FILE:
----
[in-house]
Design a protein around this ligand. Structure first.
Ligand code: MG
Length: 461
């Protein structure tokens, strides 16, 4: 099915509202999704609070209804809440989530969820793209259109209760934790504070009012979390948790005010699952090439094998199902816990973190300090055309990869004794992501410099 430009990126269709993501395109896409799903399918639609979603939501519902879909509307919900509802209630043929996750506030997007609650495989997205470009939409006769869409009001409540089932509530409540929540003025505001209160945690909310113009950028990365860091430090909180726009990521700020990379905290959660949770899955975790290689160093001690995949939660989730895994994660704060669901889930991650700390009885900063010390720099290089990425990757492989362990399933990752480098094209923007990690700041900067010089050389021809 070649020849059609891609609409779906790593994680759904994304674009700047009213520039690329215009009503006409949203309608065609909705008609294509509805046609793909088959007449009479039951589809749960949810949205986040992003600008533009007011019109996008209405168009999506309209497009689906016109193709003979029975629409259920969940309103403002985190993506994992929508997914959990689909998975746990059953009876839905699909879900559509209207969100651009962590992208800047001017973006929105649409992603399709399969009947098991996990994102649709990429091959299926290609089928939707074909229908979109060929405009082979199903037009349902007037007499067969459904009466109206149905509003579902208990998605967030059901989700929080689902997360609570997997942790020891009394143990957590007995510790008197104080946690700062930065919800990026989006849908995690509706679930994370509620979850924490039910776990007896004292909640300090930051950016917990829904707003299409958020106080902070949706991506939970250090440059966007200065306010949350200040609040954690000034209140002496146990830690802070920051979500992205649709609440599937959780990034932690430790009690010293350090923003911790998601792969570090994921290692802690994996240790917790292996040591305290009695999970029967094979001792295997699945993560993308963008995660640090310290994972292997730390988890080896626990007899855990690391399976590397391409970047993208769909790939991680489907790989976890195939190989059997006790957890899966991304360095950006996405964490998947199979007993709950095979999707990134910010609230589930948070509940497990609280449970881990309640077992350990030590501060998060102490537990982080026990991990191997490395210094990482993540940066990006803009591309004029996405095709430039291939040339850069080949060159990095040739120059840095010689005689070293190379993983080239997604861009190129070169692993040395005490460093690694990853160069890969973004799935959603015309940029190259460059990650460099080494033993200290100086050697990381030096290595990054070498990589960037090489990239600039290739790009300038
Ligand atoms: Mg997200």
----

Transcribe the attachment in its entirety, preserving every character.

[in-house]
Design a protein around this ligand. Structure first.
Ligand code: MG
Length: 461
């Protein structure tokens, strides 16, 4: 099915509202999704609070209804809440989530969820793209259109209760934790504070009012979390948790005010699952090439094998199902816990973190300090055309990869004794992501410099 430009990126269709993501395109896409799903399918639609979603939501519902879909509307919900509802209630043929996750506030997007609650495989997205470009939409006769869409009001409540089932509530409540929540003025505001209160945690909310113009950028990365860091430090909180726009990521700020990379905290959660949770899955975790290689160093001690995949939660989730895994994660704060669901889930991650700390009885900063010390720099290089990425990757492989362990399933990752480098094209923007990690700041900067010089050389021809 070649020849059609891609609409779906790593994680759904994304674009700047009213520039690329215009009503006409949203309608065609909705008609294509509805046609793909088959007449009479039951589809749960949810949205986040992003600008533009007011019109996008209405168009999506309209497009689906016109193709003979029975629409259920969940309103403002985190993506994992929508997914959990689909998975746990059953009876839905699909879900559509209207969100651009962590992208800047001017973006929105649409992603399709399969009947098991996990994102649709990429091959299926290609089928939707074909229908979109060929405009082979199903037009349902007037007499067969459904009466109206149905509003579902208990998605967030059901989700929080689902997360609570997997942790020891009394143990957590007995510790008197104080946690700062930065919800990026989006849908995690509706679930994370509620979850924490039910776990007896004292909640300090930051950016917990829904707003299409958020106080902070949706991506939970250090440059966007200065306010949350200040609040954690000034209140002496146990830690802070920051979500992205649709609440599937959780990034932690430790009690010293350090923003911790998601792969570090994921290692802690994996240790917790292996040591305290009695999970029967094979001792295997699945993560993308963008995660640090310290994972292997730390988890080896626990007899855990690391399976590397391409970047993208769909790939991680489907790989976890195939190989059997006790957890899966991304360095950006996405964490998947199979007993709950095979999707990134910010609230589930948070509940497990609280449970881990309640077992350990030590501060998060102490537990982080026990991990191997490395210094990482993540940066990006803009591309004029996405095709430039291939040339850069080949060159990095040739120059840095010689005689070293190379993983080239997604861009190129070169692993040395005490460093690694990853160069890969973004799935959603015309940029190259460059990650460099080494033993200290100086050697990381030096290595990054070498990589960037090489990239600039290739790009300038
Ligand atoms: Mg997200």